Langenfeld told the prosecutor that he did not receive any report that officers had attempted to give Floyd CPR.
“It’s well known that any amount of time that a patient spends in cardiac arrest without immediate CPR markedly decreases the chance of a good outcome,” he said. “Approximately 10 to 15% decrease in survival for every minute that CPR is not administered.”
The judge held a “Schwartz hearing” off audio and video on Monday, to identify potential juror misconduct. It’s currently unclear what prompted the hearing. Judge Peter Cahill said he found no evidence of wrongdoing after questioning the jurors.
Defense attorney Eric Nelson also stated his objection to last week’s testimony from Lt. Richard Zimmerman, who said he believed Chauvin’s conduct was “totally unnecessary.”
The judge and attorneys also discussed parameters around upcoming testimony from Sgt. Ker Yang, who will testify about the Minneapolis Police Department’s crisis intervention training.
Cahill said after the training sergeant and the two expert witnesses testify about whether Chauvin’s use of force was appropriate, the state will need to stop focusing on that topic.
“We are getting to the point of being cumulative,” Cahill said. “You’re not going to be able to ask every officer, ‘What would you have done differently?'”
Defense attorney Eric Nelson has made a motion to have the entirety of Derek Chauvin’s body camera video submitted as evidence in the trial.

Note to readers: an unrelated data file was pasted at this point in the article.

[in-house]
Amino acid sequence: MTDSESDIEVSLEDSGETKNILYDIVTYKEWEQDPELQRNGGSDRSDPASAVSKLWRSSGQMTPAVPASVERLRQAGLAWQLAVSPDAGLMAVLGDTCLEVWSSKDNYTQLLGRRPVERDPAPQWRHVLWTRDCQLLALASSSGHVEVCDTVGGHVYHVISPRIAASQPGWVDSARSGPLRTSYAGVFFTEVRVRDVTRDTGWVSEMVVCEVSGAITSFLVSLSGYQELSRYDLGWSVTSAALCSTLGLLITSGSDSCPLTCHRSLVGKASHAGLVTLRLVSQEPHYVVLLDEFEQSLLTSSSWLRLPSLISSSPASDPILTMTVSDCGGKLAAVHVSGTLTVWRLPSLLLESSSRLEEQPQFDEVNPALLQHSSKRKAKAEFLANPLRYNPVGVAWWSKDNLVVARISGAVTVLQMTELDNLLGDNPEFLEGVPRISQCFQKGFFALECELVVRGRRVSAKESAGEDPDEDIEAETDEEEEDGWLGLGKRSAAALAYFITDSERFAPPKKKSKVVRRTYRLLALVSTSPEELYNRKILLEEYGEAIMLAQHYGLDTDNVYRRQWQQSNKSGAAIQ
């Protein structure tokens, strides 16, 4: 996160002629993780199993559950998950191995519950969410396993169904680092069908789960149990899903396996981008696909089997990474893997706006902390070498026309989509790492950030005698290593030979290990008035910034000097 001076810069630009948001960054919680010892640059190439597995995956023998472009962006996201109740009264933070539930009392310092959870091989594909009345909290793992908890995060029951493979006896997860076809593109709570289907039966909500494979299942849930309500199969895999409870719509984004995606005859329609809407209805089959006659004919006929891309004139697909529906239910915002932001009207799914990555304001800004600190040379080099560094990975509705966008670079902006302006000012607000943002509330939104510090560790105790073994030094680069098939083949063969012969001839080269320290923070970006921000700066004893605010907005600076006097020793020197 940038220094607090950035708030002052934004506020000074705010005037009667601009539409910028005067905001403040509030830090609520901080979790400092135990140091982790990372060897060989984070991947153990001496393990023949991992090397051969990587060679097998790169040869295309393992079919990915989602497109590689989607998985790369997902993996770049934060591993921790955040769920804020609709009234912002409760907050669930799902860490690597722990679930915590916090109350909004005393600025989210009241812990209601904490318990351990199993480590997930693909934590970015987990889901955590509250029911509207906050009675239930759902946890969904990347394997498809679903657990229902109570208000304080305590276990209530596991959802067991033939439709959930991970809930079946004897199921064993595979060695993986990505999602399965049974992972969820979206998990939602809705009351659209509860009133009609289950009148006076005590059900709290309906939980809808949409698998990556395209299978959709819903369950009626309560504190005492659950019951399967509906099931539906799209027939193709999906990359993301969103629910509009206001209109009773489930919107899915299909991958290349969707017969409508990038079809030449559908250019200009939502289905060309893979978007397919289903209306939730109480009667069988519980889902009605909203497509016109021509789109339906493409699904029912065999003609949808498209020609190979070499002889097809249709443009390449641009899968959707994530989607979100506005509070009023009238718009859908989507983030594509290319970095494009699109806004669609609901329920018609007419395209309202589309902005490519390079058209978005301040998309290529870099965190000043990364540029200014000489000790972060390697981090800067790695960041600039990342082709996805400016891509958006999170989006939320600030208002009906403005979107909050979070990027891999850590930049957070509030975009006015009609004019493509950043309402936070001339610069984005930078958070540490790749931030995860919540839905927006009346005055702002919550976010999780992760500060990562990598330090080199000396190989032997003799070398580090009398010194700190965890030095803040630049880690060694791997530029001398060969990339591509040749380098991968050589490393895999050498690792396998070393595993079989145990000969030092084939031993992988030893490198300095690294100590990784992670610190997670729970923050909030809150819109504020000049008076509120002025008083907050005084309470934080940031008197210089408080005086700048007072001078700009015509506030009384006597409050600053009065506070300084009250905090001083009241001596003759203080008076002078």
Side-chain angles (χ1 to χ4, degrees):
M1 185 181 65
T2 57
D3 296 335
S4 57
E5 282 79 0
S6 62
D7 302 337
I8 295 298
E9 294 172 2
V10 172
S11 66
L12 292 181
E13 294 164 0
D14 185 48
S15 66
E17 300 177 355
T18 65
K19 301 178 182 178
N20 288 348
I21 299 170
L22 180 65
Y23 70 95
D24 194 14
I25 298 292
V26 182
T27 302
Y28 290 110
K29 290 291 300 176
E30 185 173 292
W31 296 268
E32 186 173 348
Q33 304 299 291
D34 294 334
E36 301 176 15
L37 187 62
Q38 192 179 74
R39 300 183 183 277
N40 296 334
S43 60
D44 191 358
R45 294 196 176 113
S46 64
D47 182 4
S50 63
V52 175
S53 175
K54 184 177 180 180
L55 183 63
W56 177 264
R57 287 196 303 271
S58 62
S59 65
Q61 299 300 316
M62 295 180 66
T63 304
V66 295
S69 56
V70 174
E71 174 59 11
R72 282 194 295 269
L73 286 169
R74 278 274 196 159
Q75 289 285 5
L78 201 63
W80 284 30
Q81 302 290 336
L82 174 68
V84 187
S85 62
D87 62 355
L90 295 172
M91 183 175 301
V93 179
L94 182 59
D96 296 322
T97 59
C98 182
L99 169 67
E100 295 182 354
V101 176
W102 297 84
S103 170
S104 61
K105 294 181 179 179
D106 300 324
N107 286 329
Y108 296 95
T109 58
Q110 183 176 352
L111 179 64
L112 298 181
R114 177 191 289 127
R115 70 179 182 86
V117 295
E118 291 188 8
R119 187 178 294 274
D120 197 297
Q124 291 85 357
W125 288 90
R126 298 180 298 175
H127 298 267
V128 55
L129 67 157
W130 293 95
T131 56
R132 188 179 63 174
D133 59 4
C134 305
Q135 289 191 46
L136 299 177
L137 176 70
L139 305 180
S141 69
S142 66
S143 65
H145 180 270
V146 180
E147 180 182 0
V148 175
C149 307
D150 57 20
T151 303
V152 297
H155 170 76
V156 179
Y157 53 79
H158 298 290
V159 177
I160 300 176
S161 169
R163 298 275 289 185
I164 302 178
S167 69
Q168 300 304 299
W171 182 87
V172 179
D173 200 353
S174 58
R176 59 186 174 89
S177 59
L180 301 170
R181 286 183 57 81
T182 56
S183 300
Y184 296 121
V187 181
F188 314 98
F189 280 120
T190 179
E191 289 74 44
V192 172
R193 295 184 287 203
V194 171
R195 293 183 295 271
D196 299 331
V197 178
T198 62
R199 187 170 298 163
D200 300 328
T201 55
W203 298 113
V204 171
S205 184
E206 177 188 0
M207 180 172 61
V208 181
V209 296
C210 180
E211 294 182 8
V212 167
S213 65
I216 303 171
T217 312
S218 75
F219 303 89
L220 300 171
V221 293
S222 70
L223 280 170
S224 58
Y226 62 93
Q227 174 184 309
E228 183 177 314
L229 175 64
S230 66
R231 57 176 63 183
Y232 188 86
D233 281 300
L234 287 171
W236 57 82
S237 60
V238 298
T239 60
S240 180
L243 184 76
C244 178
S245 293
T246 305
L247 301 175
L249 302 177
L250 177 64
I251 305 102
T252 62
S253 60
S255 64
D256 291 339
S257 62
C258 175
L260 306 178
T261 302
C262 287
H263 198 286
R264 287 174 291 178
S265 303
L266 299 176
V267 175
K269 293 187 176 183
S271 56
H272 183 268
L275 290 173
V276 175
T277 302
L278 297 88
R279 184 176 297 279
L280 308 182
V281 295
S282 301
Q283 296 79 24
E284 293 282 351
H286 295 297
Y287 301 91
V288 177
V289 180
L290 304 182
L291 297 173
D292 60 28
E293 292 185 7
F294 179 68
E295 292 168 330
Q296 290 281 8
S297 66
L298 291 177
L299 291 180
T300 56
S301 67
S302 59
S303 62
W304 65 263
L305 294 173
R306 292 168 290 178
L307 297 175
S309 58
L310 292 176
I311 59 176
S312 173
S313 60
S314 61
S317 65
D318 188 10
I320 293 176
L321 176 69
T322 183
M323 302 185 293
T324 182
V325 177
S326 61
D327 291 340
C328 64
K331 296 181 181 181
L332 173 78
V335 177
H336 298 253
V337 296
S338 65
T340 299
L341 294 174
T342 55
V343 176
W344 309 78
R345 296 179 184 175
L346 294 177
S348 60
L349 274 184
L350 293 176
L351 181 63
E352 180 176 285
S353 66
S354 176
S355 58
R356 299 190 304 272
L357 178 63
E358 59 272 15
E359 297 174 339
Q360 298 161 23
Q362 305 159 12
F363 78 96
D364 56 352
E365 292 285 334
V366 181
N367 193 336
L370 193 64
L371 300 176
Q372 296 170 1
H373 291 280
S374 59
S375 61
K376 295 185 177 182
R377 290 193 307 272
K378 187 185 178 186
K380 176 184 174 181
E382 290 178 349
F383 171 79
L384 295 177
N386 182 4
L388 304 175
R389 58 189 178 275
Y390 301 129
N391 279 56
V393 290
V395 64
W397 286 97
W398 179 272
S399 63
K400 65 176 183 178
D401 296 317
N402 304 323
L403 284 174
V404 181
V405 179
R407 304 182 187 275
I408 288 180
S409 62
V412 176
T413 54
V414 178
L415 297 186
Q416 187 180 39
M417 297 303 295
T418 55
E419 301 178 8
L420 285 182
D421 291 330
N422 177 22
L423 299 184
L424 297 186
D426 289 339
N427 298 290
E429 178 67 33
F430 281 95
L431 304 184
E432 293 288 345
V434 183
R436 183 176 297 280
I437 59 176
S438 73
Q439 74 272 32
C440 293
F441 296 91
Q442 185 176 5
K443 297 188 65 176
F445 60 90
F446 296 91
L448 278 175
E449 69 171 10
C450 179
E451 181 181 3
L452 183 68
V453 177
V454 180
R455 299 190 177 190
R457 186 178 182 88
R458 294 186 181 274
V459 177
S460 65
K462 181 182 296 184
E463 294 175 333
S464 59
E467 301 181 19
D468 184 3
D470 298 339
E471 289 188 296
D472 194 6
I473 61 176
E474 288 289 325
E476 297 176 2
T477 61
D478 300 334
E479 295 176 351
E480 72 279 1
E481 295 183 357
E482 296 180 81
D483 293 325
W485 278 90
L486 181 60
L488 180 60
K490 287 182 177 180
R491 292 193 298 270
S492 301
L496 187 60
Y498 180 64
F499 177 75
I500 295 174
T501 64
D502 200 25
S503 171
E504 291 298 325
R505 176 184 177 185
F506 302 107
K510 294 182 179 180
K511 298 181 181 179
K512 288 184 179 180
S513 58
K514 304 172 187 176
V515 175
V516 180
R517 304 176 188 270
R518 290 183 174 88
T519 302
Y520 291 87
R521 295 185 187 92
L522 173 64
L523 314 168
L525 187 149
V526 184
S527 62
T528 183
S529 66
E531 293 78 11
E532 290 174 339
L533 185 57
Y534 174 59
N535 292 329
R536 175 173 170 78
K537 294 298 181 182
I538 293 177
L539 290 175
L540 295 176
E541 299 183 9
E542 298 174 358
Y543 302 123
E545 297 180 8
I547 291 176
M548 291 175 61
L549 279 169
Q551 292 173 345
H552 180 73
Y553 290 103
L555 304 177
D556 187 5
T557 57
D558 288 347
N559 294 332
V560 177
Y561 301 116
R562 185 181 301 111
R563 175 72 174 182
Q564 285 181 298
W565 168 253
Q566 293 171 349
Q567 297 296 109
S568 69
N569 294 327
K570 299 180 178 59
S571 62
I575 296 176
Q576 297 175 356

The prosecution played the videos but only showed part of Chauvin’s, and cut off the other officers’ cameras early.
Nelson said that the videos have to be included in full to show the “totality of circumstances.” But prosecutor Matthew Frank said some of the footage is not relevant, including the part that relates to whether or not Floyd passed a counterfeit bill.
The videos also include hearsay, Frank said.
The testimony during the first week was often emotional, with several witnesses breaking down into tears while recalling the events they witnessed at 38th and Chicago last year as Floyd was arrested and restrained by Minneapolis police.
The court heard from George Floyd’s girlfriend Courteney Ross about their relationship and his struggles with opiate addiction; Genevieve Hansen, an off-duty Minneapolis firefighter who wanted to give Floyd medical aid at the scene; MMA fighter Donald Williams, who said he recognized Chauvin’s actions as a “blood choke;” and several minors, one of whom shot the now-viral video of Chauvin kneeling on Floyd’s neck.
Friday’s proceedings ended early after Judge Peter Cahill said the trial was running ahead of schedule. The trial is estimated to last about four weeks.
Legal expert Mary Moriarty expects to hear more testimony this week from law enforcement on use of force, including from Inspector Katie Blackwell who was the commander in charge of MPD’s training unit last year. She said we might also hear from a use of force expert put on by the state to talk about Chauvin’s actions, and possibly someone from the Bureau of Criminal Apprehension.
Dr. Andrew Baker, the Hennepin County chief medical examiner, is a key witness as Floyd’s cause of death continues to be a focus in the trial. He conducted the autopsy, stating the cause of death was “cardiopulmonary arrest complicating law enforcement subdual, restraint, and neck compression,” and that the manner of death was “homicide.”